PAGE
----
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#ifndef UNICODE
#define UNICODE
#endif

#include <Windows.h>
#include <cstdio>
#include <fstream>

using namespace std;

int main()
{
    FILE* resFile;
    char multiByteStr[256];
    ifstream oFile;
    FILE* exampleFile;
    TCHAR buffer[256];      
    system("chcp 65001");

    resFile = _wfopen(L"foo",L"w, ccs=UTF-8");             
    fwprintf(resFile,L"%s",L"C:\\exsistingFolder\\zażółć gęśłą jaźń ☺☻♥♦• ć.txt");    
    fclose(resFile);   

    oFile.open(L"foo");    
    oFile.getline(multiByteStr,256,'\n');       
    oFile.close();    

    MultiByteToWideChar(CP_UTF8,0,multiByteStr,256,buffer,256);    
    wprintf(L"%s",buffer);

    exampleFile = _wfopen(buffer,L"w, ccs=UTF-16LE");       
    fwprintf(exampleFile,L"%s",buffer);     
    fclose(exampleFile);

    system("pause");
    return 0;
}

As you can see, program should create file "foo" resFile that contains a full path of the file to be created, and this new file exampleFile should contain a path to itself. Although during debugging in Visual studio 2010 autos yields that buffer has the correct string, exampleFile isn't created. Why?
And another thing: why wprintf doesn't output extended characters, though I've switched console's font to Lucida Console - that one which can deal with uncode characters.

Ps. exampleFile points to NULL, even after _wfopen, and the last character of buffer is '/0'.

share|improve this question
    
Is buffer NULL terminated? Did you check the return values of the calls after oFile.close? –  dirkgently May 27 '12 at 14:34
    
possible duplicate of Making wide char file –  Hans Passant May 27 '12 at 16:23
    
To print Unicode to the console, you need _setmode in addition to wprintf (but no chcp) – see blogs.msdn.com/b/michkap/archive/2008/03/18/8306597.aspx. –  Philipp May 27 '12 at 17:44
    
@Hans Passant - this is different problem –  0x6B6F77616C74 May 27 '12 at 18:01

3 Answers 3

You aren't doing any error handling. Most importantly, when calling MultiByteToWideChar(), you are telling it to convert the entire multiByteStr buffer, but most of the buffer contains garbage because you did not zero it beforehand. You have to use the actual number of characters in the buffer, not the buffer's max size. MultiByteToWideChar() is likely returning an error that you are ignoring. There are several other failure spots in the code as well. You need to always check for errors, especially when interacting with the OS.

Try this:

#define UNICODE

#include <Windows.h>
#include <cstdio>
#include <fstream>

using namespace std;

void pause()
{
    wcin.ignore();
    wcin.get();
}

int main()
{
    FILE* resFile;
    char multiByteStr[256] = {0};
    ifstream oFile;
    FILE* exampleFile;
    WCHAR buffer[256] = {0};

    SetConsoleOutputCP(CP_UTF8);

    resFile = _wfopen(L"foo",L"w, ccs=UTF-8");
    if (!resFile) {
        wprintf(L"Unable to create foo");
        goto done;
    }

    fwprintf(resFile,L"%s",L"C:\\exsistingFolder\\zażółć gęśłą jaźń ☺☻♥♦• ć.txt");
    fclose(resFile);

    if (!oFile.open(L"foo")) {
        wprintf(L"Unable to open foo");
        goto done;
    }

    oFile.getline(multiByteStr,255,'\n');
    oFile.close();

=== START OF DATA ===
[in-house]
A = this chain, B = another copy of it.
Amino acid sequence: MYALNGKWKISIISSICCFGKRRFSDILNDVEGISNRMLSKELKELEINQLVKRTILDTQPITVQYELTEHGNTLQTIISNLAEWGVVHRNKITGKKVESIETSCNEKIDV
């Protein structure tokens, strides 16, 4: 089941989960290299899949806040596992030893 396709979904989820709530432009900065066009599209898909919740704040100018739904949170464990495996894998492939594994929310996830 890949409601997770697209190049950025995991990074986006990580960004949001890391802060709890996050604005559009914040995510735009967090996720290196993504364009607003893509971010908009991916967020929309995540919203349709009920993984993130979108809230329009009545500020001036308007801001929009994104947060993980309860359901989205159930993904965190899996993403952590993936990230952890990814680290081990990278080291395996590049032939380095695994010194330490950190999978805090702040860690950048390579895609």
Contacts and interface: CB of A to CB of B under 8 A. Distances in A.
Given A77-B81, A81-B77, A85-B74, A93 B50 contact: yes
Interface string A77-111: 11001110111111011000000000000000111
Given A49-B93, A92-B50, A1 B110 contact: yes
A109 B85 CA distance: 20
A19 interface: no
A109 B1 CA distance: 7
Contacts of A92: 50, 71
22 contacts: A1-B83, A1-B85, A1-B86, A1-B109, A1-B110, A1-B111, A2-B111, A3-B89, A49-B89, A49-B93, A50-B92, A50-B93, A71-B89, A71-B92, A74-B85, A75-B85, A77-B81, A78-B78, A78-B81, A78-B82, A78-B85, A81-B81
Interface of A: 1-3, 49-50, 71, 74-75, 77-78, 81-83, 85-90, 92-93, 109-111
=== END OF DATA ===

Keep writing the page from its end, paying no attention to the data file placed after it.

if (MultiByteToWideChar(CP_UTF8,0,multiByteStr,-1,buffer,256) == 0) {
        wprintf(L"Unable to convert UTF-8 to UTF-16. Error: %u", GetLastError());
        goto done;
    }

    exampleFile = _wfopen(buffer,L"w, ccs=UTF-16LE"); 
    if (!exampleFile) {
        wprintf(L"Unable to create file: %s", buffer);
        goto done;
    }

    fwprintf(exampleFile,L"%s",buffer); 
    fclose(exampleFile);

    wprintf(L"created file: %s", buffer);

done:
    pause();
    return 0;
}
share|improve this answer
    
Error-handling had been removed from my code on the purpose of simplicity. You helped me a little with MultiByteToWideChar function, but it didn't resolved my problem. –  0x6B6F77616C74 May 29 '12 at 15:35

Why mix and match your I/O libraries? Here's a pure (Windows) C solution, minus error checking:

#include <stdio.h>
#include <stdlib.h>

int main()
{
    FILE* pFile;
    wchar_t buffer[256];

    _wfopen_s(&pFile,L"foo",L"w, ccs=UTF-8");
    fputws(L"C:/existingFolder/zażółć gęśłą jaźń ☺☻♥♦• ć.txt",pFile);
    fclose(pFile);

    _wfopen_s(&pFile,L"foo",L"r, ccs=UTF-8");
    fgetws(buffer,_countof(buffer),pFile);
    fclose(pFile);

    _wfopen_s(&pFile,buffer,L"w, ccs=UTF-16LE");
    fputws(buffer,pFile);
    fclose(pFile);

    return 0;
}
share|improve this answer
    
Have you ever tried to run this? It throws run-time "debug assertion failed" message box , like my program. –  0x6B6F77616C74 May 29 '12 at 15:16
    
It runs fine, as long as C:/existingFolder exists. Add error checking to your version. If the file doesn't open it will crash since the file handle will be NULL. It is also important that you save the source file in an appropriate format. I used UTF-16LE (with BOM). –  Mark Tolonen May 29 '12 at 15:45
    
My mistake, thanks about this , it's useful, it works, but it's still not an answer to my question. –  0x6B6F77616C74 May 29 '12 at 18:17
up vote 1 down vote accepted

The solution is very trivial- _wfopen creates a file encoded in UTF-8 with BOM, and MultiByteToWideChar function doesn't remove the BOM, so we need to manually get rid of this.

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